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On the long road towards a more environmentally friendly vehicle, there are several stopping points. Today, we have the SUV. Somewhere, far in the future, is a little car that runs on sea water, produces Snickers as waste products, and gets 300 channels of commercial-free radio. Somewhere in between is the natural gas-powered vehicle.

While still a fossil fuel, natural gas is a lighter, richer fuel than gasoline, containing more hydrogen and less carbon. This is good, because when burning a hydrocarbon the hydrogen part produces energy and the carbon part produces pollution in the form of CO2. The CO2 emissions from natural gas are between 22% and 25% less than that from a comparable gasoline vehicle. The world resources of natural gas are only supposed to last 100 years given current projections, so natural gas is not the fuel of the future. However, the infastructure used to store and deliver natural gas to consumers is very similar to that needed for hydrogen, which has potential to be the fuel of the future.

That infastructure is also the largest reason that natural gas vehicles are not more prevalent. There isn't a nationwide infastructure currently in place to provide natural gas fueling to consumers. In some locations, such as San Diego, CA, there are natural gas pumps located throughout the city, but in most locations the use of natural gas is limited to those people for whom it is financially feasable to provide their own fueling station--bus lines, delivery fleets, taxi services.

The vehicles themselves are not a problem. Natural gas, being a hydrocarbon fuel like gasoline or diesel, can be used in an engine similar to the one in a gasoline car. Differences exist; for instance, natural gas doesn't have the lubricating properties of gasoline, so the cylinder heads must be specially hardened to prevent erosion. Also, natural gas is, strangely enough, gaseous under normal conditions, and must be compressed or liquefied for easy storage. Even with this compression it takes up significantly more space than the equivalent amount of gasoline. For buses or trucks this in not an issue, but for a normal passenger car the entire trunk must be used to store the equivalent of 15 gallons of gasoline. Even with this, the range of a natural gas vehicle is about half that of a comparable gasoline or diesel car.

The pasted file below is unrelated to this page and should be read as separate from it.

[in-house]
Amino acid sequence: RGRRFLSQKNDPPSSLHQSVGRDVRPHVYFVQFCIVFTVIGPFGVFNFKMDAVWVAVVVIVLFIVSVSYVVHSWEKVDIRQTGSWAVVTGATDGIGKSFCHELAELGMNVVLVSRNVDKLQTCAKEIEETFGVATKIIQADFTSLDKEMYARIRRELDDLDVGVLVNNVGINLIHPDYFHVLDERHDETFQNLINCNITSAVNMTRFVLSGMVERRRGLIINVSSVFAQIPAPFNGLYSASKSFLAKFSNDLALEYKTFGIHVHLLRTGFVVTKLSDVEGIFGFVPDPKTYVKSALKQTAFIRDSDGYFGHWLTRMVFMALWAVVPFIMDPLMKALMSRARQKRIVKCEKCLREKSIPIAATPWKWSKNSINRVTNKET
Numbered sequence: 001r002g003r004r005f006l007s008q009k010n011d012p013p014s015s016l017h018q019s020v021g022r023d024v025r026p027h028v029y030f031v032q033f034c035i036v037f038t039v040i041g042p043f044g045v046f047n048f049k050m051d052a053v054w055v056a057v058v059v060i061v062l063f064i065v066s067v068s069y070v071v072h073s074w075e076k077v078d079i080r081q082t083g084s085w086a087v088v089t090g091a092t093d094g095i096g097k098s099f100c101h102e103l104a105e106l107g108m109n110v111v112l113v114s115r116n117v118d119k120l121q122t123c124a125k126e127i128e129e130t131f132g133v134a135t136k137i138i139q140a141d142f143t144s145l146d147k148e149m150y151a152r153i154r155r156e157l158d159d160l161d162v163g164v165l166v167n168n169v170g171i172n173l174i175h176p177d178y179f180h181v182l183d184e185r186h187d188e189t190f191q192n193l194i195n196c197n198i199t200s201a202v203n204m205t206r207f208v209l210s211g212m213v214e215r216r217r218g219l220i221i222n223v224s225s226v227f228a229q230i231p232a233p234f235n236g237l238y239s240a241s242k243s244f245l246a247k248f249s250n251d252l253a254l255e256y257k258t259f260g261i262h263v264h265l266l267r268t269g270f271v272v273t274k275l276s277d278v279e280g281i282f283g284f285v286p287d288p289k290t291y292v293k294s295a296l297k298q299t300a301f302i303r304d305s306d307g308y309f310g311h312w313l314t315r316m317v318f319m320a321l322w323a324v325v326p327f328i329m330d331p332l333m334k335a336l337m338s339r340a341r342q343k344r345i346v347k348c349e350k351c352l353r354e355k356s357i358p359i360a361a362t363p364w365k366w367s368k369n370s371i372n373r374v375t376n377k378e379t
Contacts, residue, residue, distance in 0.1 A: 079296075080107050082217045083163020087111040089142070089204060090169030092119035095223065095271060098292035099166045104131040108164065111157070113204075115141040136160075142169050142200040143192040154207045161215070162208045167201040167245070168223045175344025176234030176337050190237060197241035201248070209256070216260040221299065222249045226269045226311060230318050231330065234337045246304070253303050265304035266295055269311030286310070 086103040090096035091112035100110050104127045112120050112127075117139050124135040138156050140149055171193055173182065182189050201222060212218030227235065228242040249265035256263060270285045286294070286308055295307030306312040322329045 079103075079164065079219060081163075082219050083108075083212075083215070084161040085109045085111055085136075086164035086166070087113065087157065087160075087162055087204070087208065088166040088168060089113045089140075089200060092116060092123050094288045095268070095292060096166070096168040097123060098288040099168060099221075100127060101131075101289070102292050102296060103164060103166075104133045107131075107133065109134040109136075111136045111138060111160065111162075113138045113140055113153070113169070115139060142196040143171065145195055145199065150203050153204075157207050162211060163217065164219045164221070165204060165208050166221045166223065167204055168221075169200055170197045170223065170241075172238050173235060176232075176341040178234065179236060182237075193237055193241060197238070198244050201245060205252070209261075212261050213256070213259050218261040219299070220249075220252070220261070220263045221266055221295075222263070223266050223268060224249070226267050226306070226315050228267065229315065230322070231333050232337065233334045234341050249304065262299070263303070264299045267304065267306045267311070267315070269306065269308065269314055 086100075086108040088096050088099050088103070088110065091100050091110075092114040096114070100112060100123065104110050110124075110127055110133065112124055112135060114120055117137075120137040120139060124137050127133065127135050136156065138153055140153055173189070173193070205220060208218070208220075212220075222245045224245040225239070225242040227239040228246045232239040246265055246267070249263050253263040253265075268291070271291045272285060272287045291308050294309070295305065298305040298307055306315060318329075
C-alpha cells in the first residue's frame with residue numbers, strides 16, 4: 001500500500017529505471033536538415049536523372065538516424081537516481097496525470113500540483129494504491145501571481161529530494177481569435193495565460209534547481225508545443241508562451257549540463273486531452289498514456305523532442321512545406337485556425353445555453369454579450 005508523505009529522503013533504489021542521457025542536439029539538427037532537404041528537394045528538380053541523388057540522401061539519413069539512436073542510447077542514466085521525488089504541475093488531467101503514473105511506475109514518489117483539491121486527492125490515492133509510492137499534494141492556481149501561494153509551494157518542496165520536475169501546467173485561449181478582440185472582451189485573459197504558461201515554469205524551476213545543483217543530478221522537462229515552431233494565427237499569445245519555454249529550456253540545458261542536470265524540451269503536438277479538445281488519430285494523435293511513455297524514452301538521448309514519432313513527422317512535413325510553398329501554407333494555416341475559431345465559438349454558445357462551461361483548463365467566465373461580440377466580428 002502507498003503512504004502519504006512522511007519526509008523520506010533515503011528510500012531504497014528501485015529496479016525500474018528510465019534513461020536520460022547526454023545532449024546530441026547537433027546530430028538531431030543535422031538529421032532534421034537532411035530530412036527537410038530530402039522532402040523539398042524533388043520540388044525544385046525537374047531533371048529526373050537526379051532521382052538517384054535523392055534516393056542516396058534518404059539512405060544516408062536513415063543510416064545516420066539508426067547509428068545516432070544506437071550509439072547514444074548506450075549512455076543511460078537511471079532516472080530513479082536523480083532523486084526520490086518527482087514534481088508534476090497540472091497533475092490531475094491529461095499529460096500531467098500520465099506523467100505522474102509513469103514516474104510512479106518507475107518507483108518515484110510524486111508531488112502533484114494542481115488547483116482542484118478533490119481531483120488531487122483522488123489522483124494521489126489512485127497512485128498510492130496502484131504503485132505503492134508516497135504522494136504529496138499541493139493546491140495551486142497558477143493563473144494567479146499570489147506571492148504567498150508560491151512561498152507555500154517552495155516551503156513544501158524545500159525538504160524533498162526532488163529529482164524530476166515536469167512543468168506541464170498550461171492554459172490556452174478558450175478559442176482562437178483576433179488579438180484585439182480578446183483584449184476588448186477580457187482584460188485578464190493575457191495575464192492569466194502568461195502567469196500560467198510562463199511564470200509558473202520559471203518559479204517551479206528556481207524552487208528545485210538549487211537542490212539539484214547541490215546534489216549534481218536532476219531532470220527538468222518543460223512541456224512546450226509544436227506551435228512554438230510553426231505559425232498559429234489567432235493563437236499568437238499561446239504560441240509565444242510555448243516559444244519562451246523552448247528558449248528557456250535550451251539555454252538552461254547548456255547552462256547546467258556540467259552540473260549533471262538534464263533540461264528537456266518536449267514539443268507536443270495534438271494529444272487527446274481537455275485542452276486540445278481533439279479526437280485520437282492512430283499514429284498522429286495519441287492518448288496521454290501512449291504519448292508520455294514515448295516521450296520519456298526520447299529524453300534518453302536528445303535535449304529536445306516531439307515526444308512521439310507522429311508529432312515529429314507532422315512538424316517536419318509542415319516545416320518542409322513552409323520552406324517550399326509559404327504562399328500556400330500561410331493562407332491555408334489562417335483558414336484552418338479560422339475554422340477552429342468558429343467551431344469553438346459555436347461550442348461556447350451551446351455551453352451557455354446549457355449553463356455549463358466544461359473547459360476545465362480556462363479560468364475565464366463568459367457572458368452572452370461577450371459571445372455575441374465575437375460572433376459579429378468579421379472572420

Safety is also an issue: the tanks must be made as leak-proof as possible as it would be very dangeous to have natural gas escape in an accident. Common policy is to separate the fuel into several tanks and install automatic shutoff valves that, in the event of an acccident, make it impossible for natural gas to escape the tank through the fuel intake system.

Though any hydrocarbon will produce toxins when burned, natural gas does have some environmental benefits over other petroleum based fuels:

Lower emissions of volatile organic compounds: 98% lower
Carbon Monoxide (CO) emissions: 90% lower
Nitrogen Oxides (NOx) emissions: 50% lower
Particulate Matter emissions : 60% lower
Sulfur Dioxide (SO2): 97% lower
Lower NMHC emissions
Zero Benzene emissions

Emissions are also reduced because natural gas is distributed via underground pipeline, which means no rail cars, trucks or tankers are required to deliver the product and transport spills are eliminated. In the event of a leak from pipelines or compressor stations, there is no risk of soil or water contamination.

Cost can also be an issue--natural gas cars are more expensive than gasoline cars, costing $3,000 to $6,000 more than a gasoline powered equivalent, and to convert an existing car to run on natural gas costs around $2000. Full size transit buses are typically $30,000 to $60,000 more than their diesel equivalents. However, the fuel itself is significantly less expensive. The current prices reflect about a 15% to 25% savings when compared to the cost of operating a gasoline vehicle. The New York DOT found, in a limited survey of fuel use in DOT vehicles between 1999 and 2001, that operating their gasoline-powered automobile fleet cost the department $0.07 per mile, while the average cost of operating their natural gas-powered fleet, which includes automobiles, pickup trucks and vans, was just $0.05 per mile. Government subsidies also exist to reduce the cost difference.

Natural gas vehicles are not going to save the world. They're not even going to significantly change the transportation industry. However, they are a step in the right direction, and are practical--an important consideration.

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